Does Riverdale have a diversity problem??
Bernadette Beck, best known as Peaches ‘N Cream on the popular CW series, says that she was cast on the show to meet a “diversity quota” and has been treated as if she was “invisible.”
In a new interview with Elle, the 26-year-old opened up about her role in seasons 3 and 4, where she is a member of the Pretty Poisons, and explained her frustration about the lack of development for her character and storyline:
“I get it, there’s always a protagonist and antagonist, but I never had much of a story plot or enough character development to even be considered an antagonist. I was, for no reason, depicted in a very negative, unattractive light. And I’m not the first Black actress to show up on set, stand there, chew gum, and look sassy and mean. I feel like I was just there to fulfill a diversity quota. It’s just to fulfill points.”
And it’s not just her storyline that hasn’t been given enough love, the London native says she’s even been “forgotten” about when shooting scenes:
“I was completely forgotten in the scene more than once. The director be walking off set and I’d have to chase them down because I had no idea where to stand, what to do—I just hadn’t been given any instruction. You can’t treat people like they’re invisible and then pat yourself on the back for meeting your diversity quota for the day.”
Bernadette has also unfortunately been victim to death threats and body-shaming at the hands of the series’ young fan base due to her lack of emotion on the show, and she has suffered severe anxiety attacks because of it:
“I didn’t understand when I first got on that show that it meant something for your character to be likable. Some people say it’s just a TV show, but I’m thinking about the implications long-term. If we are depicted as unlikable or our characters are not developed or we’re looked at as the enemy all the time, that affects our public persona.”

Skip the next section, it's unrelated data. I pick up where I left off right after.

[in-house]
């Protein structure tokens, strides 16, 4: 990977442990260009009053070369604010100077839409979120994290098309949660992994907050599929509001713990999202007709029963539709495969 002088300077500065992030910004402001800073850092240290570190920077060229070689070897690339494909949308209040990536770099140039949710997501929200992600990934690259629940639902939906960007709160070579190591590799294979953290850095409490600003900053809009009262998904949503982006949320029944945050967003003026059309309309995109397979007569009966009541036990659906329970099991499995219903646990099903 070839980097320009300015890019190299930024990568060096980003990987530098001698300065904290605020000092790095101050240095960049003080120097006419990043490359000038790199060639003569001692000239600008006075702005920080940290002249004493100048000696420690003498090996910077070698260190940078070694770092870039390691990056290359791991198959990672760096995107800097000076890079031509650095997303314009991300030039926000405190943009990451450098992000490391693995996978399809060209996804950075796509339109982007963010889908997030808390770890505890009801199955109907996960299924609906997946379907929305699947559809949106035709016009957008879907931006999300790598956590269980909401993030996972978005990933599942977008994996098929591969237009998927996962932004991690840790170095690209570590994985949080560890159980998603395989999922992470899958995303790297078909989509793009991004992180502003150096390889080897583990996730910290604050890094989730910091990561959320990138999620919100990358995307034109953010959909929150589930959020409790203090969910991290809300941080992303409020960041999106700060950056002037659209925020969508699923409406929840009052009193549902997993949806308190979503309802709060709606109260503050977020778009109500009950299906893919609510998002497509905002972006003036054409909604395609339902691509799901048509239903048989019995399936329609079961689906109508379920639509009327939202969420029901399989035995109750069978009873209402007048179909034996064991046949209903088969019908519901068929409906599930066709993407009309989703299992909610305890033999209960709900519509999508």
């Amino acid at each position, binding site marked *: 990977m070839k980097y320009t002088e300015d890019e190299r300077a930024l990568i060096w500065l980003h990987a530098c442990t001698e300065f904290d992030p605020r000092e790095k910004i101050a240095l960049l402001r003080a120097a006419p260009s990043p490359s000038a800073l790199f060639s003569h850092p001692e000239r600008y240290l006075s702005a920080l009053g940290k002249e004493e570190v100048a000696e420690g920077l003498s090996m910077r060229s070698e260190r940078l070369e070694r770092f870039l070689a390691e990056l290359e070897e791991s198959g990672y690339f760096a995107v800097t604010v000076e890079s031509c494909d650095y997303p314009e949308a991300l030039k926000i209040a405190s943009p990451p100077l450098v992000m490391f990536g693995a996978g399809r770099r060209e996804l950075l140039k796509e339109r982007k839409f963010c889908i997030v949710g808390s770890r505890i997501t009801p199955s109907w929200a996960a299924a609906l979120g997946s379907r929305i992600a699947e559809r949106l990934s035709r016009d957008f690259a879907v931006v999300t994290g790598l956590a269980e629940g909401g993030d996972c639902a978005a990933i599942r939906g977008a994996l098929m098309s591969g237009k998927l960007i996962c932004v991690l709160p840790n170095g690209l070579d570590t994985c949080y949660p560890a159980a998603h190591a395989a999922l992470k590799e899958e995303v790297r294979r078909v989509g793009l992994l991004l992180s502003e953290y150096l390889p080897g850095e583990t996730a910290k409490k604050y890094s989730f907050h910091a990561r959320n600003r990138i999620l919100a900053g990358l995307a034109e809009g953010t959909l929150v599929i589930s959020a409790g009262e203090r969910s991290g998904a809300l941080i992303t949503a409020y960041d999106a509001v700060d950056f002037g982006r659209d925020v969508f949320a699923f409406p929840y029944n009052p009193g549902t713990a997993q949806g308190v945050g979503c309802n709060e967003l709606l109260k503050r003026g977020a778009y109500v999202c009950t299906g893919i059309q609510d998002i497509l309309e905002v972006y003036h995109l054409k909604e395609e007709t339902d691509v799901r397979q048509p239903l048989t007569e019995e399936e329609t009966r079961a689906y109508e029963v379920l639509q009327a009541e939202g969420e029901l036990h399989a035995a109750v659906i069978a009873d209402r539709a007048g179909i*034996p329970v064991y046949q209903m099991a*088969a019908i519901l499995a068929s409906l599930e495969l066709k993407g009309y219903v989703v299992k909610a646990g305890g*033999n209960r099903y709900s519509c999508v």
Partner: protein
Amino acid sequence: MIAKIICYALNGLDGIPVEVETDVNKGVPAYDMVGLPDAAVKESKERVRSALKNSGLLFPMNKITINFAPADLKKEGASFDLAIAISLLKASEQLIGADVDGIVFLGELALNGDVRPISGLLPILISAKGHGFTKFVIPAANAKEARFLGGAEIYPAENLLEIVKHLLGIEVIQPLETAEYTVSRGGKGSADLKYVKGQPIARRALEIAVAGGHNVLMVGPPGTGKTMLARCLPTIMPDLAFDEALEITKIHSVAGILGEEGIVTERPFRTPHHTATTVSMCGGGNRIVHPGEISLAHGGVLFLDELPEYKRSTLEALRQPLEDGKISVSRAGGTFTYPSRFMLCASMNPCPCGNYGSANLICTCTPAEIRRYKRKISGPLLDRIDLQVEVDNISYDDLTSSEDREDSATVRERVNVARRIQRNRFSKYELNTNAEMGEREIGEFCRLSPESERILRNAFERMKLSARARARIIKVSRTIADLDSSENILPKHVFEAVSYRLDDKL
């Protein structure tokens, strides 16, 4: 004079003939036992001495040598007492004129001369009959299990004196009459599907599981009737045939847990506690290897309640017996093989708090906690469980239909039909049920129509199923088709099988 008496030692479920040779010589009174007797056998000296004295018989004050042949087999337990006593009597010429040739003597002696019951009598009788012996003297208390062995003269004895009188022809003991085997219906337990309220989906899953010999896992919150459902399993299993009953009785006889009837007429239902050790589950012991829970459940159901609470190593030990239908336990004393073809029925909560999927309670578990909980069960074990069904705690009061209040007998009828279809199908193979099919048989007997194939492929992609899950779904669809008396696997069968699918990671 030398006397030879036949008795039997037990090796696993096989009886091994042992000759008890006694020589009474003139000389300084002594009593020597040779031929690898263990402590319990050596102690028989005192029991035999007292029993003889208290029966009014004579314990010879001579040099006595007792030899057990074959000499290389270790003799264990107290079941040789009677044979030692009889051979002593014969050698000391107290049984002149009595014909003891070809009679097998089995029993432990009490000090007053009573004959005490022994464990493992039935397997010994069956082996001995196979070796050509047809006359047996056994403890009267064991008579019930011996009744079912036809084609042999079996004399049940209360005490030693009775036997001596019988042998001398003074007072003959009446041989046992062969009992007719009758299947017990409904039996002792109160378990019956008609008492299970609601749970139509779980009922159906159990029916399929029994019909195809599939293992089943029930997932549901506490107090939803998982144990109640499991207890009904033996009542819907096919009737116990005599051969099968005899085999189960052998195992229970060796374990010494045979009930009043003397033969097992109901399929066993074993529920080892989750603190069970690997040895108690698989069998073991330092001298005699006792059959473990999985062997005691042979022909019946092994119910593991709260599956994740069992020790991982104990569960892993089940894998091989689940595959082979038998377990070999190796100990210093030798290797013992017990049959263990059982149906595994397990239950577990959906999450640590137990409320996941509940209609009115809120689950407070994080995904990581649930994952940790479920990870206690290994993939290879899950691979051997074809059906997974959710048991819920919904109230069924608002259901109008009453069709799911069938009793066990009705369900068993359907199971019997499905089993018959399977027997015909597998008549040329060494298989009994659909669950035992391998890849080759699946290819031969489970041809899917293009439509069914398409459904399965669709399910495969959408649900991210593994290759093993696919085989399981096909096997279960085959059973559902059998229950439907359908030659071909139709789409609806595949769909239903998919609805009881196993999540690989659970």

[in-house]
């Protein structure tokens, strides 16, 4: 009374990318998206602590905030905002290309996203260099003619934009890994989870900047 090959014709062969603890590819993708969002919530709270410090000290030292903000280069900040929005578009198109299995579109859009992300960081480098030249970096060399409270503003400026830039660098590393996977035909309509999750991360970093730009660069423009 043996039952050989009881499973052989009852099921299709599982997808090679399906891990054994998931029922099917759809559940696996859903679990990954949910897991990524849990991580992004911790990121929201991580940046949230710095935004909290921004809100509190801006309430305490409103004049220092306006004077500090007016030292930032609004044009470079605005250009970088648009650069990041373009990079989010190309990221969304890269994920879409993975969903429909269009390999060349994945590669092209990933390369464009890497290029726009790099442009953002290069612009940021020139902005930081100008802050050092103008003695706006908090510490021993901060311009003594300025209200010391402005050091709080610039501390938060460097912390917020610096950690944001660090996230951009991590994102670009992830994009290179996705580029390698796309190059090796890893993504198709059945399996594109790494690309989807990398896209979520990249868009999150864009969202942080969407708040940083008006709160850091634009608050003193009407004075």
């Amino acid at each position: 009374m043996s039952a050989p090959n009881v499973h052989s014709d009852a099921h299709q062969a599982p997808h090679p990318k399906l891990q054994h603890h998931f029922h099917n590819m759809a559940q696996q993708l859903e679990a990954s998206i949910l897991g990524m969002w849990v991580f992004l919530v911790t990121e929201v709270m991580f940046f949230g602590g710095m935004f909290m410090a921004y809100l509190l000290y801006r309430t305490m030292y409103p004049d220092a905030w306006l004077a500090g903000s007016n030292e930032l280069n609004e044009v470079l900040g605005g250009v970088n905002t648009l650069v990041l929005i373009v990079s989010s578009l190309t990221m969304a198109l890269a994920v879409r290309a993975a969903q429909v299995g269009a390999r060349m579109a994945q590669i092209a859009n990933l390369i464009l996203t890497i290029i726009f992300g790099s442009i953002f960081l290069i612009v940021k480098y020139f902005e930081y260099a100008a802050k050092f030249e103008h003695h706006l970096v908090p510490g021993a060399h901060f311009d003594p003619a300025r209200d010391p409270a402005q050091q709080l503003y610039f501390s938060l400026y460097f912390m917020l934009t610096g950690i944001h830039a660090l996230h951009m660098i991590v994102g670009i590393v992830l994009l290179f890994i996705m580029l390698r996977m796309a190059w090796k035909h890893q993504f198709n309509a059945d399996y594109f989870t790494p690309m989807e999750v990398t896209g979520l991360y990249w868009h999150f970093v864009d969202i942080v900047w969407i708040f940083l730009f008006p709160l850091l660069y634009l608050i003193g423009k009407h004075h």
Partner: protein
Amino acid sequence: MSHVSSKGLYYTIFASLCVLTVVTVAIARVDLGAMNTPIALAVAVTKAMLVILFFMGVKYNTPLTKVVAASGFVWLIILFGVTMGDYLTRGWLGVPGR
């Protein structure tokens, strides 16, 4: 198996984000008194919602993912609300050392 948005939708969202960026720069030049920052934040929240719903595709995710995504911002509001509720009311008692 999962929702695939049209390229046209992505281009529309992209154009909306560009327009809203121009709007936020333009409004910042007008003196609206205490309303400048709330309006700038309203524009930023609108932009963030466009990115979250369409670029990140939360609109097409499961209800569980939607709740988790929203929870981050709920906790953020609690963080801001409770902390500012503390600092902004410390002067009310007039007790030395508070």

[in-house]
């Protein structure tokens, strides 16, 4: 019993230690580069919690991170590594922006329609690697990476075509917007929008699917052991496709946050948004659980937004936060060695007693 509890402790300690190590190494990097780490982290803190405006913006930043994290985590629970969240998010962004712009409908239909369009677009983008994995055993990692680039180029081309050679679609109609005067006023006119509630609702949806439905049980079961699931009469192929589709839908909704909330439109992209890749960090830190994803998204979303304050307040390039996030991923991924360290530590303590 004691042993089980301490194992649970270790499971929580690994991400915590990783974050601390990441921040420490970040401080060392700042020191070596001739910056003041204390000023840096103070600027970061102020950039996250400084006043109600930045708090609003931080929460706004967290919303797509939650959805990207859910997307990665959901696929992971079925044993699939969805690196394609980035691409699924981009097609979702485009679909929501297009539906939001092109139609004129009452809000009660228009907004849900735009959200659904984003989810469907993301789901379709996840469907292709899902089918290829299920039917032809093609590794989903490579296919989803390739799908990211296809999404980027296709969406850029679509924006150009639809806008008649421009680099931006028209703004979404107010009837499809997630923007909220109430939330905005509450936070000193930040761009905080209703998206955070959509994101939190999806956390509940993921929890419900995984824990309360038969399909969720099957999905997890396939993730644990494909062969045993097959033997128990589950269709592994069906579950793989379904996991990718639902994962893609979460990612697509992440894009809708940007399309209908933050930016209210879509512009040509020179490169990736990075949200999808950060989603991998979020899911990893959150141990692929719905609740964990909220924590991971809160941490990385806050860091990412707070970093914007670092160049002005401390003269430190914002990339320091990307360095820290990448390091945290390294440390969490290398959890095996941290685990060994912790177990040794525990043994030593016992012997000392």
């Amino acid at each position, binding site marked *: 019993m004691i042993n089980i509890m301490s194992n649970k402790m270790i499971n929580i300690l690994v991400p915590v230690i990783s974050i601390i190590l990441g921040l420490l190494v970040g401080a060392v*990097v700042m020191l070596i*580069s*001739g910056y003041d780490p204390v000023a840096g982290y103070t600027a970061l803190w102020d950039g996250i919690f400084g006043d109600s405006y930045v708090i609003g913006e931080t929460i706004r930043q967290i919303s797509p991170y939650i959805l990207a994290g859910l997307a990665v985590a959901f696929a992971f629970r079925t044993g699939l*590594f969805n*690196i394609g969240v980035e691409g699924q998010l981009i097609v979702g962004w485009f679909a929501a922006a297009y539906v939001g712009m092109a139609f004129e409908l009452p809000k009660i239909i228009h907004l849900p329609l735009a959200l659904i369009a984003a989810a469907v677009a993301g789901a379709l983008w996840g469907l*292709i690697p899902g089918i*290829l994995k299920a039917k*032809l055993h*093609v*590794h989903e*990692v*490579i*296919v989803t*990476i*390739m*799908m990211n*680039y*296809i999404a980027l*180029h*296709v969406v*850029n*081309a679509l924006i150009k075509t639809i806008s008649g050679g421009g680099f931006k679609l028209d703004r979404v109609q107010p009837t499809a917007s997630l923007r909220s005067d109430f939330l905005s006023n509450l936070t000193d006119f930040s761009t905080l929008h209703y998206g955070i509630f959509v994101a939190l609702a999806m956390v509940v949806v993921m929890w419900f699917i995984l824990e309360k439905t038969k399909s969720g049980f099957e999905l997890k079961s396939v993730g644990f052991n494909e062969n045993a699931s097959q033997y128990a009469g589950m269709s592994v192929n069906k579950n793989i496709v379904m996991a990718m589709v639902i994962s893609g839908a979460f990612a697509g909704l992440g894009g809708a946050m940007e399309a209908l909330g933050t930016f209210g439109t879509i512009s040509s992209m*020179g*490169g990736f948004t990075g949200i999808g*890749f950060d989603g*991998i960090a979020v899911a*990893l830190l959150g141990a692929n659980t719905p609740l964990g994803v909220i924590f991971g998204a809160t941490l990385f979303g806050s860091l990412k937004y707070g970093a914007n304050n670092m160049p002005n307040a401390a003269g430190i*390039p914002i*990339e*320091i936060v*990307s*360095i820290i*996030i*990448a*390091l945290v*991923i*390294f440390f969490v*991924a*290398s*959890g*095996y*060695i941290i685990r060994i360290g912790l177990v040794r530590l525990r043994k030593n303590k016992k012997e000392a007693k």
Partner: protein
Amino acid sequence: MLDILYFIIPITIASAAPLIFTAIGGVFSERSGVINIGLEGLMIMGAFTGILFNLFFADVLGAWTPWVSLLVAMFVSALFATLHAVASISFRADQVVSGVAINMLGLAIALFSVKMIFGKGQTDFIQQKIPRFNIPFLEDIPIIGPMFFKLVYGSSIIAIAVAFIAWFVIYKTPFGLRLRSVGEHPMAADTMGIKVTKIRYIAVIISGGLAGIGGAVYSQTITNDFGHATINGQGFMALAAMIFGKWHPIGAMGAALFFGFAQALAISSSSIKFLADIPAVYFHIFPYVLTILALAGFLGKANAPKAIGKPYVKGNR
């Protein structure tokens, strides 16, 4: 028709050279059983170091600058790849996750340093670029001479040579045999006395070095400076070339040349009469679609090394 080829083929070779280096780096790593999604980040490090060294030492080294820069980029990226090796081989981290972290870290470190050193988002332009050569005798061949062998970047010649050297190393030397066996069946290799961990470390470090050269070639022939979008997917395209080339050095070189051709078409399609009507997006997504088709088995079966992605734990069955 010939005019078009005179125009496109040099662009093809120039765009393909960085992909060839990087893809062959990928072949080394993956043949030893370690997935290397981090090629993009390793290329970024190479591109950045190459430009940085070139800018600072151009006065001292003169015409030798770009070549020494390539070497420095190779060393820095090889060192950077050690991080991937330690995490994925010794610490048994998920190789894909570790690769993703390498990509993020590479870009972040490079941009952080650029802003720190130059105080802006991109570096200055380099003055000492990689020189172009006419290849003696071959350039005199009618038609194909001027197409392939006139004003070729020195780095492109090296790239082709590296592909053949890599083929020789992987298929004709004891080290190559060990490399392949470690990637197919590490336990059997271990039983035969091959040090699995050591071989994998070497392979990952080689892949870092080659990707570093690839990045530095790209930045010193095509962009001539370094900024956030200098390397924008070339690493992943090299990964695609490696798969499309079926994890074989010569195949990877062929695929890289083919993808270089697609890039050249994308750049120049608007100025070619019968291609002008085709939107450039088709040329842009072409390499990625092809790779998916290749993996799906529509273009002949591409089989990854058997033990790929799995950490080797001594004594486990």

“What kind of opportunities are we losing out on even after Riverdale? Our white co-stars are getting all this screen time and character development. They’re building up their following, generating more fans, selling out at conventions, and fans have more of an emotional connection with them. But if we don’t necessarily get that, and we’re looked at with disdain, what does that do to us and how does that stain our reputation moving forward?”
Not only does Beck feel she was cast to fit a “quota” because of the color of her skin, but she explains how she feels her bisexuality was also taken advantage of on-screen. The actress was intentionally cast for her role because she is bisexual, but her character has been portrayed as hypersexual, playing on a “down for a threesome” trope:
“When you’re in it, you’re going through the motions and you’re like, ‘Oh great, I finally get to be utilized!.’ But when I saw it all put together, it made my character seem like she was down for anything.”
This, unfortunately, sounds like a common theme among stars of not only Riverdale, but shows on the CW in general. Both Vanessa Morgan and Ashleigh Murray have detailed their negative experiences as Black women on the show, in addition to Candice Patton, who stars as Iris West on The Flash.
At least Riverdale‘s showrunner and creator, Roberto Aguirre-Sacasa, addressed the obvious issue of how characters of color are written on the show, previously penning:
“We hear Vanessa. We love Vanessa. She’s right. We’re sorry and we make the same promise to you that we did to her. We will do better to honor her and the character she plays. As well as all of our actors and characters of color. CHANGE is happening and will continue to happen. Riverdale will get bigger, not smaller. Riverdale will be part of the movement, not outside it. All of the Riverdale writers made a donation to @BLMLA, but we know where the work must happen for us. In the writer’s room.”
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